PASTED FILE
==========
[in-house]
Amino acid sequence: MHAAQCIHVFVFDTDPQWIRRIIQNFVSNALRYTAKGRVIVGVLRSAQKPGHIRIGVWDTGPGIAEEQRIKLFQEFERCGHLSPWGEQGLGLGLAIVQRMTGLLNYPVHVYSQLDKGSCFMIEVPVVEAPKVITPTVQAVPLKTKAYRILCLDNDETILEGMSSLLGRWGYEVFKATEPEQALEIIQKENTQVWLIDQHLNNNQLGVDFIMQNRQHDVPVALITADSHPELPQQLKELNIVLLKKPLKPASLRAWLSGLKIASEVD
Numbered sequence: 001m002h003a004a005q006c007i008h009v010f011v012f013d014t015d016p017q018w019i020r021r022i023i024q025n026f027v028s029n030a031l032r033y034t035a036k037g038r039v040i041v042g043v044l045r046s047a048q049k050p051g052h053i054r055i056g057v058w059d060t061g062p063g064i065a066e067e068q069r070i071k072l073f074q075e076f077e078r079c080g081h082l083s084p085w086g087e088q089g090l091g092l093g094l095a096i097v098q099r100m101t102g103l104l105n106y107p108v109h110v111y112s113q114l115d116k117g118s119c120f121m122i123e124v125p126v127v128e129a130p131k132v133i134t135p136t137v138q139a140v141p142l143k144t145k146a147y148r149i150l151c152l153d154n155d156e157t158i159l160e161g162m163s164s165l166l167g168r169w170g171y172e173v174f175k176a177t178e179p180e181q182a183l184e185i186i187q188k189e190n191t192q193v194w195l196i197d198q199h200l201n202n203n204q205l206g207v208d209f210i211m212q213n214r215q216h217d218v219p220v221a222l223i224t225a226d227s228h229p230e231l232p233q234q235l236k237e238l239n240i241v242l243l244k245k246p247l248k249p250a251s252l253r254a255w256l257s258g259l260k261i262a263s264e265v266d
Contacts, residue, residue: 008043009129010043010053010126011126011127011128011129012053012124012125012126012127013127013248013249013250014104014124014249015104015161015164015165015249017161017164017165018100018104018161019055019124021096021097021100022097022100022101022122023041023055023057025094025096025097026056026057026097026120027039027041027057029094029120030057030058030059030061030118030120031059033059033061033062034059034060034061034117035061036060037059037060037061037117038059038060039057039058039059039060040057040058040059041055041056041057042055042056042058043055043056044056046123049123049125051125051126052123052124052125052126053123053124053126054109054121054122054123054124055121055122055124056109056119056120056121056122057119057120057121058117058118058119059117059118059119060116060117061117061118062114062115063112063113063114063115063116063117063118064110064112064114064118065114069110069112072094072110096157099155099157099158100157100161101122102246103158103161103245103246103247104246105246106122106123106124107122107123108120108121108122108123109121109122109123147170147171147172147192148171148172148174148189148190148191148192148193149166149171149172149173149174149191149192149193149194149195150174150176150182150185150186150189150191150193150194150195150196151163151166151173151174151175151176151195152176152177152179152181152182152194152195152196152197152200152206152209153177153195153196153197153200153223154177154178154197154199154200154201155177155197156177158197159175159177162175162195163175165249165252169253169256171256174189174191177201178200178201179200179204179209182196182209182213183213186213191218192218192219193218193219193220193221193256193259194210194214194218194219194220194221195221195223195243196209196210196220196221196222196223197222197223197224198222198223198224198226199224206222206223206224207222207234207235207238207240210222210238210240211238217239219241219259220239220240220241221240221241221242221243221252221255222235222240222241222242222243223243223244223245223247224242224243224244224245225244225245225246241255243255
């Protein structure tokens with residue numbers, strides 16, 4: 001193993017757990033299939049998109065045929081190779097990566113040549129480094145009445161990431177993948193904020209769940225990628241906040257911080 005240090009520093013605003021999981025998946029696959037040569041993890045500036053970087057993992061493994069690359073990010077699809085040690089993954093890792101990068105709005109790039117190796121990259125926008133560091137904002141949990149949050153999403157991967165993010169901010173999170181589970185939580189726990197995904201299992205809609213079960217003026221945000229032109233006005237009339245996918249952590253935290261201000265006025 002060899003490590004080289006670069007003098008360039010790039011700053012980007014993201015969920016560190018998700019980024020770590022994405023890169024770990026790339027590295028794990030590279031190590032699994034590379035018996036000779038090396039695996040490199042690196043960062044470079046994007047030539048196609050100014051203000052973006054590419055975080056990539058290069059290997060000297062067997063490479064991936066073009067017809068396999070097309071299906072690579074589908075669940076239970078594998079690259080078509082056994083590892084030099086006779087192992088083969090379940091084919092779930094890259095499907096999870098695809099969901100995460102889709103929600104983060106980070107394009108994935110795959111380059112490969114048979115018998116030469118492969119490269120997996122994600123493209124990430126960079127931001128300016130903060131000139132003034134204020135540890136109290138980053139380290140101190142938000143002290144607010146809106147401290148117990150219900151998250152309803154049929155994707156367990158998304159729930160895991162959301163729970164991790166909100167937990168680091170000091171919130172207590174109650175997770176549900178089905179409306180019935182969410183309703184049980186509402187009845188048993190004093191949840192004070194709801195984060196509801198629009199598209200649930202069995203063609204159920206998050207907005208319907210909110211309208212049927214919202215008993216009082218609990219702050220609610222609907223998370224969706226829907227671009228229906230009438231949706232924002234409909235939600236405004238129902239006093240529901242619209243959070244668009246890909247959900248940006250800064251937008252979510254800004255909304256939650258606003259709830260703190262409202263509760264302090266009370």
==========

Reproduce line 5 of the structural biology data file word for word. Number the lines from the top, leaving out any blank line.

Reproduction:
């Protein structure tokens with residue numbers, strides 16, 4: 001193993017757990033299939049998109065045929081190779097990566113040549129480094145009445161990431177993948193904020209769940225990628241906040257911080 005240090009520093013605003021999981025998946029696959037040569041993890045500036053970087057993992061493994069690359073990010077699809085040690089993954093890792101990068105709005109790039117190796121990259125926008133560091137904002141949990149949050153999403157991967165993010169901010173999170181589970185939580189726990197995904201299992205809609213079960217003026221945000229032109233006005237009339245996918249952590253935290261201000265006025 002060899003490590004080289006670069007003098008360039010790039011700053012980007014993201015969920016560190018998700019980024020770590022994405023890169024770990026790339027590295028794990030590279031190590032699994034590379035018996036000779038090396039695996040490199042690196043960062044470079046994007047030539048196609050100014051203000052973006054590419055975080056990539058290069059290997060000297062067997063490479064991936066073009067017809068396999070097309071299906072690579074589908075669940076239970078594998079690259080078509082056994083590892084030099086006779087192992088083969090379940091084919092779930094890259095499907096999870098695809099969901100995460102889709103929600104983060106980070107394009108994935110795959111380059112490969114048979115018998116030469118492969119490269120997996122994600123493209124990430126960079127931001128300016130903060131000139132003034134204020135540890136109290138980053139380290140101190142938000143002290144607010146809106147401290148117990150219900151998250152309803154049929155994707156367990158998304159729930160895991162959301163729970164991790166909100167937990168680091170000091171919130172207590174109650175997770176549900178089905179409306180019935182969410183309703184049980186509402187009845188048993190004093191949840192004070194709801195984060196509801198629009199598209200649930202069995203063609204159920206998050207907005208319907210909110211309208212049927214919202215008993216009082218609990219702050220609610222609907223998370224969706226829907227671009228229906230009438231949706232924002234409909235939600236405004238129902239006093240529901242619209243959070244668009246890909247959900248940006250800064251937008252979510254800004255909304256939650258606003259709830260703190262409202263509760264302090266009370």